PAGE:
Monday, April 12, 2010

#s 20-11 of the Decade

20. Before Sunset (2004)

Director: Richard Linklater
Writers: Richard Linklater, Julie Delpy, Ethan Hawke
Cast: Ethan Hawke, Julie Delpy

One of the most intelligent, natural, and character-driven romantic films of the last decade (or the last two, for that matter), with endearing performances by Hawke and Delpy. The ending sequence is precious, perhaps one of the best in cinema.

19. Lemony Snicket's A Series of Unfortunate Events (2004)

Director: Brad Silberling
Writer: Robert Gordon, based on the books by Daniel Handler
Cast: Jim Carrey, Liam Aiken, Emily Browning, Kara Hoffman, Shelby Hoffman, Jude Law, Timothy Spall, Catherine O'Hara, Billy Connolly, Meryl Streep

Not having liked the books on which it was based, I wasn't expecting this film to be so much fun and, beyond that, a truly well crafted film on the technical aspects. Great art direction, cinematography, costume, makeup, score. And of course, great acting, including an amusing turn by Streep. Some parts are really touching.

18. Spider-Man 2 (2004)

Director: Sam Raimi
Writer: Alvin Sargent, based on the comic books by Stan Lee and Steve Ditko
Cast: Tobey Maguire, Kirsten Dunst, Alfred Molina, James Franco

Easily the best of the trilogy, with spectacular visual effects and a great, well rounded villain in Molina's Dr. Octopus. Still one of the best superhero movies of all time.

17. The Dark Knight (2008)

Director: Christopher Nolan
Writers: Jonathan Nolan, Christopher Nolan, based on characters by Bob Kane
Cast: Christian Bale, Heath Ledger, Aaron Eckhart, Michael Caine, Maggie Gyllenhaal, Gary Oldman, Morgan Freeman

THE best superhero movie of all time. Amazing film made even better by the phenomenal performance of the great Heath Ledger. The biggest travesty committed by the Academy in recent years was not having nominated this film and its director.

16. Eternal Sunshine of the Spotless Mind (2004)

Director: Michel Gondry
Writer: Charlie Kaufman
Cast: Jim Carrey, Kate Winslet, Elijah Wood, Mark Ruffalo, Kirsten Dunst, Tom Wilkinson

Gondry at his best, and Winslet at her most endearing (many fans' favorite performance of hers). This is easily one of the most creative and finely made films of the last decade.

15. Pride & Prejudice (2005)

Director: Joe Wright
Writer: Deborah Moggach, based on the novel by Jane Austen
Cast: Keira Knightley, Matthew Macfadyen, Donald Sutherland, Brenda Blethyn, Rosamund Pike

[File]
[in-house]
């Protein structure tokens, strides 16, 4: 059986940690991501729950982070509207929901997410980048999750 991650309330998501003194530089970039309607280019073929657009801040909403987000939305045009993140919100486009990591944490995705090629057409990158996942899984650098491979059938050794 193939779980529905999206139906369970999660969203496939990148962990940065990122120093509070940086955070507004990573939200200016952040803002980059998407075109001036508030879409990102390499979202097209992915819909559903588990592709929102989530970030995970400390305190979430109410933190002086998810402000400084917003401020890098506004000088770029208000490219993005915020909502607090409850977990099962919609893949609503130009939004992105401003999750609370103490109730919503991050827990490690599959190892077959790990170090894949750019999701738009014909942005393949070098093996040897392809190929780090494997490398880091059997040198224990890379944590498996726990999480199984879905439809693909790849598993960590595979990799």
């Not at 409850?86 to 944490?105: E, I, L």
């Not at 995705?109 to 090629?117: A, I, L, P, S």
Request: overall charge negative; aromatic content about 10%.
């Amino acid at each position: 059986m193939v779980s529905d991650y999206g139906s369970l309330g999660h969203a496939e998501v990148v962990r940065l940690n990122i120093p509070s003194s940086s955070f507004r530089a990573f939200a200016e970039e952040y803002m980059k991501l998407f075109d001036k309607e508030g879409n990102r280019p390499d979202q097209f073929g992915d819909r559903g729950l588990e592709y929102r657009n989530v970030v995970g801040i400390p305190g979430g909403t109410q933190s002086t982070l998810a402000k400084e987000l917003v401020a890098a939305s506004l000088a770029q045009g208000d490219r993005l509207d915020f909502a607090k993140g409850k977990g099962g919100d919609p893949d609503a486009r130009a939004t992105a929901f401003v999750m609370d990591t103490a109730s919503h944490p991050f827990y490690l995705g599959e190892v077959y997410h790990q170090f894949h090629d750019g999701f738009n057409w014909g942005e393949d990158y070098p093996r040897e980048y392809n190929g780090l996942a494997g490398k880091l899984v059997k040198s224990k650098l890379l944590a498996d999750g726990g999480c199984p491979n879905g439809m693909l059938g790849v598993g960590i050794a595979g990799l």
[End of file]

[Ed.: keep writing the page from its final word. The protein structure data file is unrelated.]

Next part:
This is a faithful adaptation of one of the all time wittiest, most romantic novels. The film and its actors are effortless, especially Knightley and Sutherland.

14. Dogville (2003)

Director: Lars von Trier
Writer: Lars von Trier
Cast: Nicole Kidman, Lauren Bacall, Paul Bettany

Spare, austere, horrifying, liberating. Brilliant film by the brilliant oft misunderstood von Trier. A film that uses no sets except lines on the ground to denote where the houses are, it looks bare but the emotion is never so. A great ending sequence that has one thinking if s/he is a little too emotionally invested in the plight of Grace, Kidman's character. This is her best performance, in my opinion.

13. Summer Wars (2009)

Director: Mamoru Hosoda
Writer: Satoko Okudera
Cast (voices of): Sumiko Fuji, Ryunosuke Kamiki, Ayumu Saito, Nanami Sakuraba

From the visionary director of The Girl Who Leapt Through Time has come another amazing feat of Japanese animation. Thoroughly engaging and spectacular.

12. The Girl Who Leapt Through Time (2006)

Director: Mamoru Hosoda
Writer: Satoko Okudera, based on the novel by Yasutaka Tsutsui
Cast (voices of): Riisa Naka, Takuya Ishida, Mitsutaka Itakura, Ayami Kakiuchi

Summer Wars may be the more innovative film of Hosoda's, but The Girl Who Leapt Through Time is the more emotionally resonant. Nice take on the sci-fi trope of time travel, with romance thrown in to make one of the best anime films of all time.

11. Slumdog Millionaire (2008)

Director: Danny Boyle
Writer: Simon Beaufoy, based on the novel by Vikas Swarup
Cast: Dev Patel, Freida Pinto

An exuberant, emotionally stirring film that I found myself watching over and over without getting tired of it.

Numbers 30-21 here.
Numbers 10-1 soon.

1 comment:

Andrew R. said...

61. Monsters Inc-for being a genius concept with a typical Pixar execution.
62. Mystic River-for being a compelling mystery with great acting.
63. No Country for Old Men-for being the Coens 2nd best since Fargo. And Javier Bardem.
64. O Brother Where Art Thou-for having great music, great acting, great everything.
65. Ocean's Eleven-for being a compelling little blockbuster despite the sequels. (Coming soon: Ocean's 40. Ugh.)
66. Oldboy-for the octopus scene alone, the rest is bonus.
67. The Others-for messing with my head. A lot.
68. Pan's Labyrinth-for being an amazing war film, an amazing fantasy, and an amazing film.
69. Persepolis-for being a black and white beauty.
70. Pirates of the Caribbean: Curse of the Black Pearl-for being a rare, great blockbuster. Ignore the sequels.
71. Precious-for being a dark yet uplifting real-life tale. And Mo'
72. Ratatouille-for showing everyone can cook, but not everyone can make movies like Pixar.
73. [REC] and [REC]2-for being a very scary horror film that actually has a great sequel.
74. Requiem for a Dream-for an all-star cast ( despite the truly terrible ending.
75. Royal Tenenbaums-for being just as detailed and funny as Fantastic Mr Fox, which didn't make the list.
76. Russian Ark-for using no cuts, putting us in a dream like state.
77. School of Rock-a funny comedy about rock and roll? Automatic inclusion.
78. Shaun of the Dead-for being the best zom-com ever.
79. Shrek-for being Dreamworks' best animation this decade.
80. Sideways-for being a hysterical comedy.